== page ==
Eventually, this fur is exchanged for an adult coat that is more effective at thermoregulation as seals go in and out of the cold water. For animal rights organizations (as distinct from animal welfare organizations), you can see how it would be easy to equate the pure white seals with other anthropomorphic understandings of purity, presenting them as somehow more “innocent”. This type of visual representation brings a good amount of social and political currency in the world of antihunting propaganda.
From a purely ethical perspective, the question really becomes, what difference does the colour of an animal’s fur make in determining whether hunting it should be legal or morally defensible? If our priority is ensuring responsibly regulated hunts that minimize the suffering of the animal, the colour of its fur really has no bearing. Anti-seal hunting organizations point to the fact that whitecoats are at a stage in their lives where they are still nursing and sometimes actually unable to enter the water, creating the idea of the seals as “helpless”.
From an ecological perspective, there is nothing inherently unsustainable about hunting young seals. This just happens to be one relatively short stage in a seal’s life history, so we need to ask ourselves, do we want wildlife management decisions to be determined by our own anthropomorphized ideas about how predation works in nature? This also happens to be a time when the seals are most vulnerable to predation by polar bears, and I doubt anyone would suggest we persecute polar bears. Biologically speaking, species have generally developed reproductive cycles that compensate for these types of mortality and prevent the species from going extinct.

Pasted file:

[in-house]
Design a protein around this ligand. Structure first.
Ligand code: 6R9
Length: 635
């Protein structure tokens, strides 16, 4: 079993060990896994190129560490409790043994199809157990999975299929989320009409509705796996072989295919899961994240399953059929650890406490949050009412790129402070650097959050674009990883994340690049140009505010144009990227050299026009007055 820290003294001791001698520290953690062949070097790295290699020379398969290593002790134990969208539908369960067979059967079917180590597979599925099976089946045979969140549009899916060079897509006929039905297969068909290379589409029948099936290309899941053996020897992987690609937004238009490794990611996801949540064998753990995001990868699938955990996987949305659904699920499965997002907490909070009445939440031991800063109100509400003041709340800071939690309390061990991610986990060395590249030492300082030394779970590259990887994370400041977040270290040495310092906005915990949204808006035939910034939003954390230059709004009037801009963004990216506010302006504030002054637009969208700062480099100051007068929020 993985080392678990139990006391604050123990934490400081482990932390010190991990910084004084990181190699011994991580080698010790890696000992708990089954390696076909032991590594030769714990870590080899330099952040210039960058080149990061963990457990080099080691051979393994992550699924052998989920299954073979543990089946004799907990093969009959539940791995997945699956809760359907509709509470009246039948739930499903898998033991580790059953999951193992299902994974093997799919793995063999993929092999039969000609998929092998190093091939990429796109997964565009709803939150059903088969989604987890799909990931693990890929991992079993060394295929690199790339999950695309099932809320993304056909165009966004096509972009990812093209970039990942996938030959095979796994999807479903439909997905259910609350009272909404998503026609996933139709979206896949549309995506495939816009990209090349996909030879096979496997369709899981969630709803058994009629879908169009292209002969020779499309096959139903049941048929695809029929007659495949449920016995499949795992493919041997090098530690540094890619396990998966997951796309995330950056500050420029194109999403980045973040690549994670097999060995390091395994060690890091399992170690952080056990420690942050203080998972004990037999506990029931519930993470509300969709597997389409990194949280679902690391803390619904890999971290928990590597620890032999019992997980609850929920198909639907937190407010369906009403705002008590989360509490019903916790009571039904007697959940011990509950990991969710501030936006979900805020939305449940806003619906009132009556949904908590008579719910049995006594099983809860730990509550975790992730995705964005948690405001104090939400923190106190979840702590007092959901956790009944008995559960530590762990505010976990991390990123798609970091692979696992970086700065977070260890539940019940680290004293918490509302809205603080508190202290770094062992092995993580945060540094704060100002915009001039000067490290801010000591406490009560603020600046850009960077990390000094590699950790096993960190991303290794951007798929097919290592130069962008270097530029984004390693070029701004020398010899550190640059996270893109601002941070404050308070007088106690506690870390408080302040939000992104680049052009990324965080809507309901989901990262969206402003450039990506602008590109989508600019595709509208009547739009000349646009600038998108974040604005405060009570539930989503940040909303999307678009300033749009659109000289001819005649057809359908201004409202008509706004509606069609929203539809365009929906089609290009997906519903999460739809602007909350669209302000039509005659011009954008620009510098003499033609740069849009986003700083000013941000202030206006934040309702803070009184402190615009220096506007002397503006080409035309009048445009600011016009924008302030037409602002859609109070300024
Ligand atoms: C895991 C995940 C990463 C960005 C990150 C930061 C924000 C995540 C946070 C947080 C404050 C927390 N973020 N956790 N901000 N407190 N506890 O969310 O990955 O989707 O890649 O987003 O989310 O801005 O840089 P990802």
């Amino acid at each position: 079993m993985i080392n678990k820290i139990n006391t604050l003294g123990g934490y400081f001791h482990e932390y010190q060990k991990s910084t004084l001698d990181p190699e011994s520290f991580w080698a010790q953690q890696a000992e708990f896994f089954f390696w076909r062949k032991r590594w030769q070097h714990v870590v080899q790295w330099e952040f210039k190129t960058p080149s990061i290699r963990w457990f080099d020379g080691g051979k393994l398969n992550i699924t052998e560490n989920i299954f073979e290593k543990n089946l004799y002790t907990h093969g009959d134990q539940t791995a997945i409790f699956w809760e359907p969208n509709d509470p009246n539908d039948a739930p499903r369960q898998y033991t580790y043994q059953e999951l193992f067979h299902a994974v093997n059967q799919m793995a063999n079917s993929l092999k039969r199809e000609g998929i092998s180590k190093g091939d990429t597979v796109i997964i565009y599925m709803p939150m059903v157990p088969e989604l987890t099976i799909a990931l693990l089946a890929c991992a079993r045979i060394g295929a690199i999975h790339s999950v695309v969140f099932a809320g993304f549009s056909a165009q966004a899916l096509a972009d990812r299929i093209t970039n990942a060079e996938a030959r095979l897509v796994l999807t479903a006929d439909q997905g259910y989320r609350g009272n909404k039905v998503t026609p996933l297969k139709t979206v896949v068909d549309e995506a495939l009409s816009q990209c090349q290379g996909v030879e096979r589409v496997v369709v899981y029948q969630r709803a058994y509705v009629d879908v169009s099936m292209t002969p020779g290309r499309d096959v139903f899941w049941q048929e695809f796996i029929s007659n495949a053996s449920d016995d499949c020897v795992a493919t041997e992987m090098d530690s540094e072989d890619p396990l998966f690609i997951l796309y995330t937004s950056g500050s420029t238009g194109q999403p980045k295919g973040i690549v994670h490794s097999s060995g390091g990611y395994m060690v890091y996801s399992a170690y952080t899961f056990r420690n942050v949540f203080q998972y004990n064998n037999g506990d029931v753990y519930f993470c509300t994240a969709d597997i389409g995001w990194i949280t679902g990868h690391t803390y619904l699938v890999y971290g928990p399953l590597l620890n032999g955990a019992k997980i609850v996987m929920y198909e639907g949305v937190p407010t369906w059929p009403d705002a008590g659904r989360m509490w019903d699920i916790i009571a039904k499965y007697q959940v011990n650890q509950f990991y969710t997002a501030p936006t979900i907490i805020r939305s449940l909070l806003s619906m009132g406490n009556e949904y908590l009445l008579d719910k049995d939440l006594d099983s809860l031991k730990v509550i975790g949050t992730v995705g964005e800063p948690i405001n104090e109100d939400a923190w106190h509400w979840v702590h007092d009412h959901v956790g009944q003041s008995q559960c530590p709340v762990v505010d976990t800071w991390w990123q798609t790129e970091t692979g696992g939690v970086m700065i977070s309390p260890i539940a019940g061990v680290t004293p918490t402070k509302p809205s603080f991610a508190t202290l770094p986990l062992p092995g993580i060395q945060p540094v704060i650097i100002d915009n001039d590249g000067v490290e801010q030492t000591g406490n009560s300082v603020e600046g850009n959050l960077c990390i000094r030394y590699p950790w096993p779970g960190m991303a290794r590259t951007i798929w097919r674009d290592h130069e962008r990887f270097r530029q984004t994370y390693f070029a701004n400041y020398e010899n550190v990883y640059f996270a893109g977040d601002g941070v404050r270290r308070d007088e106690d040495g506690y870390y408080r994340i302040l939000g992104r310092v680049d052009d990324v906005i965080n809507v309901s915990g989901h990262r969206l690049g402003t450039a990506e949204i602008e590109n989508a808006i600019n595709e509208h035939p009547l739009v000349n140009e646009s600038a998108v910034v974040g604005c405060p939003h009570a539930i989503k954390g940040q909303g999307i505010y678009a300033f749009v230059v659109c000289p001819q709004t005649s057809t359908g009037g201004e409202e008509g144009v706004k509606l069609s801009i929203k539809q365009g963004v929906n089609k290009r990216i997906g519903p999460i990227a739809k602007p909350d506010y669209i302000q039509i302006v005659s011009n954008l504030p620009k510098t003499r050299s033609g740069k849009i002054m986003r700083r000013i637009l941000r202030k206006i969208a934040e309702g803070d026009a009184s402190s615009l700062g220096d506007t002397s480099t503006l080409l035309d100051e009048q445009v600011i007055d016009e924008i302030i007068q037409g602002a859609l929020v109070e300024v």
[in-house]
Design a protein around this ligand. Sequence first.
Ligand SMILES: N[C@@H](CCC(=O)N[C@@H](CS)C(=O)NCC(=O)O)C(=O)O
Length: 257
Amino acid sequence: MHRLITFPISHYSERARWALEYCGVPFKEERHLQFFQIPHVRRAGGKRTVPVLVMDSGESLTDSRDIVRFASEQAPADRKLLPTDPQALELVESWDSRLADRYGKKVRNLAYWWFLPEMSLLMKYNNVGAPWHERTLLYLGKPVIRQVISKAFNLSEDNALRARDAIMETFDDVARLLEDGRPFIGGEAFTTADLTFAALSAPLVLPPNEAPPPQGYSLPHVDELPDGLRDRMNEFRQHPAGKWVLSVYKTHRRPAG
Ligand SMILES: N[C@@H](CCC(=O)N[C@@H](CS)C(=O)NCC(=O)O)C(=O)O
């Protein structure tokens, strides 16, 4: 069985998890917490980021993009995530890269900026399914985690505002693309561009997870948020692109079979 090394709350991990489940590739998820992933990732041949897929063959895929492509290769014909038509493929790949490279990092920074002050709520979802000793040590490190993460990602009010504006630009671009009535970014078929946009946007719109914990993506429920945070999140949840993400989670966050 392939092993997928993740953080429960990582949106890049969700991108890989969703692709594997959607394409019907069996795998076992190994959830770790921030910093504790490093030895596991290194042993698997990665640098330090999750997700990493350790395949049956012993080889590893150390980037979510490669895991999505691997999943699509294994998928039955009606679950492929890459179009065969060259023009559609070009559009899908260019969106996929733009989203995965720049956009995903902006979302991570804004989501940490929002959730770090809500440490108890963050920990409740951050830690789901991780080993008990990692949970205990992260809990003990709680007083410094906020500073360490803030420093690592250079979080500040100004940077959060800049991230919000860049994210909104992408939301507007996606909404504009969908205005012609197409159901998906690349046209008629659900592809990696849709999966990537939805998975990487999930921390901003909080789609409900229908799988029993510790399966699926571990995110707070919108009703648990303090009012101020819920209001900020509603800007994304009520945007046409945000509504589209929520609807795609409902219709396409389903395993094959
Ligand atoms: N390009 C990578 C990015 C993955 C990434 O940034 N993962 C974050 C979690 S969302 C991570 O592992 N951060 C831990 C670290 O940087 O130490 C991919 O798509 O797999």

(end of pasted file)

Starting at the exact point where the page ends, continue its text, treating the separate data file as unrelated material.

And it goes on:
The fact is that the discussion about seal hunting has been decontextualized and exploited by organizations with a political axe to grind. Regardless of your personal opinion on this matter, hunting whitecoats has been illegal in the United States since 1972, and in Canada since 1987. So there’s really no reason for this overly specific aspect of seal hunting to continue to dominate the discussion.
Perhaps someone might ask about the notorious “seal clubbing” phenomena? In Canada, all marine mammal harvests are governed by the Marine Mammal Regulations (MMR) of 1993. As with all hunting regulations, the MMR specifies the types of implements that are permitted in seal hunting. First off, most seals are killed with a rifle or a harpoon. The most common rifle calibers that I’ve heard of being used are .22 Magnum in the summers when they’re hunted from boats or high power rifles (e.g. .270 or .303) when they’re shot through breathing holes from the ice after being harpooned. It is legal to use clubs or hakapiks to kill seals less than 1 year old, and research has found that clubs and hakapiks are effective methods to kill seals that cause “rapid, if not immediate, death”. Just to be sure, the MMR also state that anyone using a club or hakapik must “immediately palpate” the skull to ensure the seal has been killed quickly. Some people may not like the mental image of this, but that doesn’t change the facts. Similar to misrepresentations of whitecoat hunting, so too are perceptions of hunting methods shaped and obscured by visually shocking images presented in media. In both cases, we must take care to understand the ecology and biology of seals in order to make informed decisions.
So if seal hunting is an important part of culture, on the one hand, and a carefully regulated, ecologically sustainable practice, on the other, perhaps it’s time to rethink how we view and talk about seal hunting. In fact, there are organizations and movements that have taken this on and are doing a wonderful job, and I encourage you to look into and support them. For instance, after Ellen DeGeneres spoke out against seal hunting with a celebrity selfie, social media lit up with a #Sealfie campaign, where people took selfies wearing seal products.